John Divola’s black and white photographic series, Vandalism, marks the discovery and definition of this theme that he would explore from 1973 until the end of that decade. After documenting bleak suburban exteriors and portraits around San Fernando Valley from 1971-‘73, Divola began breaking into interiors.
In dilapidated buildings, he marked walls, corners, floors, and ceilings with patches of spraypainted polka dots, streaks, circles, and triangles. This gestural and instinctive mark-making prove Divola’s presence is not so much an invasive or destructive one (as the title wryly labels itself) but instead, an appreciative and accommodating one that understands these lonely spaces to a paranormal degree. Rather than depicting vandalism as something happening to a space— like a tag or mural gaudily slapped on a wall for an artist’s own fulfillment or promotion— Divola shows it as an interactive process involving the space. His marks highlight rather than erase. His hand is quick—appropriately unrefined— and glowing with a purpose mysterious to us, but altogether suggestive of rituals, performances, and gatherings, cryptic spatial dialogues, and man’s empathy with the inanimate.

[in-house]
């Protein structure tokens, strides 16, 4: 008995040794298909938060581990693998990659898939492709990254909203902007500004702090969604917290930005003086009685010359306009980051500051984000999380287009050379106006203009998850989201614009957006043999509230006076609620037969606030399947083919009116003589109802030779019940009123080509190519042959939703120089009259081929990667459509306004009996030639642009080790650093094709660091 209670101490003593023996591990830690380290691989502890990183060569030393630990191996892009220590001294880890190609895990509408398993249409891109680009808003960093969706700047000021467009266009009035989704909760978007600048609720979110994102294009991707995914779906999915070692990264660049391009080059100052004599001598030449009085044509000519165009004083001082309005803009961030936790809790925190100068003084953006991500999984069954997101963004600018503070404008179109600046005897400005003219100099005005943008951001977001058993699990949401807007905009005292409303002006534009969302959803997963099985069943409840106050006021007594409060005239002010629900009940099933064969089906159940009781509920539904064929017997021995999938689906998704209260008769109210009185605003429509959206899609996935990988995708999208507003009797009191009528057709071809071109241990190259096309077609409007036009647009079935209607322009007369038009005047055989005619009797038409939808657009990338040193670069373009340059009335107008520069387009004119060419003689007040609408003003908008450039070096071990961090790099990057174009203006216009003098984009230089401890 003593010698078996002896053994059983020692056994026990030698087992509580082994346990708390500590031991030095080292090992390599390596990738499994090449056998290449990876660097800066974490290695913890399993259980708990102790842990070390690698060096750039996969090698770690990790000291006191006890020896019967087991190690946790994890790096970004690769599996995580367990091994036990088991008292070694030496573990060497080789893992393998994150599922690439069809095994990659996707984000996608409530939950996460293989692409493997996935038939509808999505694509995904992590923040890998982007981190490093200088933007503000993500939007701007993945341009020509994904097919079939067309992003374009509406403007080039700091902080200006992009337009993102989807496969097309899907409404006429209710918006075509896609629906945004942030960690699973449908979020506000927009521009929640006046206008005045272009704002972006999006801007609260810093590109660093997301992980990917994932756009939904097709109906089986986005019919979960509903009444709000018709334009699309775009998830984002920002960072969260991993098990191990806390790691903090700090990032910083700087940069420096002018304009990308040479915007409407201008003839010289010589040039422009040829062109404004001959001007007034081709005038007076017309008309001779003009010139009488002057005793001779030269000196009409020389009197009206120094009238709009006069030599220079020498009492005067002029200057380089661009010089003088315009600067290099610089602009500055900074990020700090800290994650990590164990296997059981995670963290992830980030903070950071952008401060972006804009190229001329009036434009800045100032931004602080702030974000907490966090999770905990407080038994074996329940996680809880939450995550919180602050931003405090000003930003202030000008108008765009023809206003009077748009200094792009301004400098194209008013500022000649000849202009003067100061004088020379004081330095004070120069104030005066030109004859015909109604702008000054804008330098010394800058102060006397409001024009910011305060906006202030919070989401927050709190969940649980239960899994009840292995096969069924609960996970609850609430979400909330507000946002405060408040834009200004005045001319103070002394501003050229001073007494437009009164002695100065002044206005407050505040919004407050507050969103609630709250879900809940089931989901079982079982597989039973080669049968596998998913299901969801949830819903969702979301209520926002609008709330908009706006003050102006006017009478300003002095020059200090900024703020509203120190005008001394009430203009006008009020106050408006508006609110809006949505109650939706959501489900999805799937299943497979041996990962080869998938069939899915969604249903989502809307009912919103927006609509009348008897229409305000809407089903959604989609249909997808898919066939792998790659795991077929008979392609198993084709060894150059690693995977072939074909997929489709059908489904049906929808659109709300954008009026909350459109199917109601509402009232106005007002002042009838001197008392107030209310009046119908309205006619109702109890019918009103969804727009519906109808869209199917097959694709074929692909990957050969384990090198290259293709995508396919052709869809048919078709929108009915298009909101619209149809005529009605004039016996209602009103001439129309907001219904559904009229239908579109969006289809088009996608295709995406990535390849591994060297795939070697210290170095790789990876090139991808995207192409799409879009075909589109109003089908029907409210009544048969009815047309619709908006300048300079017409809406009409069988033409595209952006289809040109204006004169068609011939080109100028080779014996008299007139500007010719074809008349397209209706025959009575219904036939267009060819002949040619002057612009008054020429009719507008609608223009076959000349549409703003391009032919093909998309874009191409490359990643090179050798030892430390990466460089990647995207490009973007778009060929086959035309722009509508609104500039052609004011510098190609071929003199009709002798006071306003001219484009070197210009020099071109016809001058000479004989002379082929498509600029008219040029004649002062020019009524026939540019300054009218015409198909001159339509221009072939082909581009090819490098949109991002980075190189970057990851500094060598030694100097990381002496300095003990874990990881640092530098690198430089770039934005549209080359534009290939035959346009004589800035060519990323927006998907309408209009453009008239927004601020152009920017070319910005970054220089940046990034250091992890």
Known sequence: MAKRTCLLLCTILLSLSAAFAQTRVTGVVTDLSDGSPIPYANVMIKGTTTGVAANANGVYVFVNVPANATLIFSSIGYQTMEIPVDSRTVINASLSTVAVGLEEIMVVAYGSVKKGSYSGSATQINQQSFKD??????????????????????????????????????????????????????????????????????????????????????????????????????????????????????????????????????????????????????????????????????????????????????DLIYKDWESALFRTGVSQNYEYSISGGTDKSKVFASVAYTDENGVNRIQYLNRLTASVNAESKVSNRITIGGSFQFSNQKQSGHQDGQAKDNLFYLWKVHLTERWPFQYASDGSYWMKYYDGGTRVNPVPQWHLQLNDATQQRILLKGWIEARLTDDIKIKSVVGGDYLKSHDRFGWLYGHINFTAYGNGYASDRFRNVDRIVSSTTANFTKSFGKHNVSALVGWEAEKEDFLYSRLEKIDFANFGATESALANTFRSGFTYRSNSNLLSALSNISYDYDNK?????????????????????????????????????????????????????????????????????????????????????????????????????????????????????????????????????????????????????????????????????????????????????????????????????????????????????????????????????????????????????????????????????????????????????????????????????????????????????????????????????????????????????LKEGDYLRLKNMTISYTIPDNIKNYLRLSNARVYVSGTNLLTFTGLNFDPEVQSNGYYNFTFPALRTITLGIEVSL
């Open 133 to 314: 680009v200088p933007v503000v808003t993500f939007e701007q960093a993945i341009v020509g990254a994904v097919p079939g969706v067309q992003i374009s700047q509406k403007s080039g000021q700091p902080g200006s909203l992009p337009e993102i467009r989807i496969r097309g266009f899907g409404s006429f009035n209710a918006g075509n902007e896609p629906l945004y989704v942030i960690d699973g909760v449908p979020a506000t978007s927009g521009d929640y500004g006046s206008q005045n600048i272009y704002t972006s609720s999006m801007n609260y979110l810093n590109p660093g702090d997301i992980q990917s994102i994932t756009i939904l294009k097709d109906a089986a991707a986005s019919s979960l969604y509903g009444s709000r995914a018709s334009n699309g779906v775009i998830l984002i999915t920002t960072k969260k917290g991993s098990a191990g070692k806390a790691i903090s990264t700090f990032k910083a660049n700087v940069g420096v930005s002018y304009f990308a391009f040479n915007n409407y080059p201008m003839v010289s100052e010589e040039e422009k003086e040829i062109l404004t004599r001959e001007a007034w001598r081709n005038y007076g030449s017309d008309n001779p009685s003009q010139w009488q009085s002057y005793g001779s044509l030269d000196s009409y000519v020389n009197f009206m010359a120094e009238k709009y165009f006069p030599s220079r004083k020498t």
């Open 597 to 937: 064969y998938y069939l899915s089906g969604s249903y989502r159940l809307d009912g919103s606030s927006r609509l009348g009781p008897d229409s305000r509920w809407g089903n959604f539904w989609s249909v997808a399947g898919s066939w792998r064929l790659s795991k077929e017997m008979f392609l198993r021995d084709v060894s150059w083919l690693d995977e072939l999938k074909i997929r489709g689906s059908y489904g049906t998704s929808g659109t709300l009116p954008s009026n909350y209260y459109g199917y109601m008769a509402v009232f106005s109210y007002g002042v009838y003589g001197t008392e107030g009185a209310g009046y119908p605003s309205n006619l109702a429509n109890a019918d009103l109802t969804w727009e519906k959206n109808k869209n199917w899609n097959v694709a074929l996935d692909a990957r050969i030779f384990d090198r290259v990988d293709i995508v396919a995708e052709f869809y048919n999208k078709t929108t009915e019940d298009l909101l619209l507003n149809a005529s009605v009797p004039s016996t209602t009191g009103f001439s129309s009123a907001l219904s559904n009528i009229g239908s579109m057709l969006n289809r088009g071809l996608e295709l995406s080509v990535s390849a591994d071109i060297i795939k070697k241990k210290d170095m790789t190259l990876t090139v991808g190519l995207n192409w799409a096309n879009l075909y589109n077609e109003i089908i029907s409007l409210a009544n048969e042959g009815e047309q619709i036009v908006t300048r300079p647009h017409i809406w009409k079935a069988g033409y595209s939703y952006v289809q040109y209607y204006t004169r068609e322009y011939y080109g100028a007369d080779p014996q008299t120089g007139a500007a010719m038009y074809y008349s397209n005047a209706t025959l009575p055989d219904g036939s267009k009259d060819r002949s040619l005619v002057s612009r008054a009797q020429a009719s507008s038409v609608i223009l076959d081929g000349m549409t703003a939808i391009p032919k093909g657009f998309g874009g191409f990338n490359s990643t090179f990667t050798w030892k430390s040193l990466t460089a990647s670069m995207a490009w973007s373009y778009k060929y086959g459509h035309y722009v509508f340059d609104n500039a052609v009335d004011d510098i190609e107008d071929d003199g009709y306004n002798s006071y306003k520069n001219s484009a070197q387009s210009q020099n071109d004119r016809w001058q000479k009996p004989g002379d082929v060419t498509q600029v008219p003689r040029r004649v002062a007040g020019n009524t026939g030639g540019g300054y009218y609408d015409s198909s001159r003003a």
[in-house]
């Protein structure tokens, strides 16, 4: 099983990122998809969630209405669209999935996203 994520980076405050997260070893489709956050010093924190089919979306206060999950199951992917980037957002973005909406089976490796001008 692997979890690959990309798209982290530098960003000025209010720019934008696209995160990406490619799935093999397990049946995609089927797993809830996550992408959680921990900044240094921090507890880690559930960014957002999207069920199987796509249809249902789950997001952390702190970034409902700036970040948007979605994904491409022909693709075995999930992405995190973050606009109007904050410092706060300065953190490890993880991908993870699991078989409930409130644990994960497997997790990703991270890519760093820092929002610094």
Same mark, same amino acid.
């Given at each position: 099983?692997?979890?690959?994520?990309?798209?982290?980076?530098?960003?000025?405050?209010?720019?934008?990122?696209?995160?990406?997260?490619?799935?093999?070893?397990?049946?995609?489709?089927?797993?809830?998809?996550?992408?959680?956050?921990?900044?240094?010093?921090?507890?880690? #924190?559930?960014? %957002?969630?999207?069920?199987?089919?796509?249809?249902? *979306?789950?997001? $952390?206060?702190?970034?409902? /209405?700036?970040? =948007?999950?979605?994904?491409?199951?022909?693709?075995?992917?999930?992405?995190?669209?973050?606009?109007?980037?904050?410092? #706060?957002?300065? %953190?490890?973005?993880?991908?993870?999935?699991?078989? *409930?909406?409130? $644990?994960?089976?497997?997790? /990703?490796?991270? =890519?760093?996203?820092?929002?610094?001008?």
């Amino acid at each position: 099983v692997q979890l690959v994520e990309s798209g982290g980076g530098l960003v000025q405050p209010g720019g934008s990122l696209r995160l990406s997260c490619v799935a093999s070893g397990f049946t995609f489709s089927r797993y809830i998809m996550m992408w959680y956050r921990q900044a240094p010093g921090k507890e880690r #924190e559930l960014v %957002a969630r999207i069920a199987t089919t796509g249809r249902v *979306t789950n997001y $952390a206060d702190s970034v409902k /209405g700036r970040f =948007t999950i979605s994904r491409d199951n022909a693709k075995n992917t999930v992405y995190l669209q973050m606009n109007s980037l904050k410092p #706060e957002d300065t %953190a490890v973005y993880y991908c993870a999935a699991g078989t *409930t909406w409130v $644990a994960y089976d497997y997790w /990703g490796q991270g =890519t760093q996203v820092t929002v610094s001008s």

Countless works have been made featuring man’s artistic hand blending with that of nature. But few have acknowledged this potentially unwelcome “collaboration” with such sincerity and self-awareness. Both poles are represented— vandalism’s ugly stereotypes and thought-provoking innovations— resulting in both a personal depiction and blunt criticism of how we as humans perceive unauthorized works of public art in the midst of decay.
By Michael Porwoll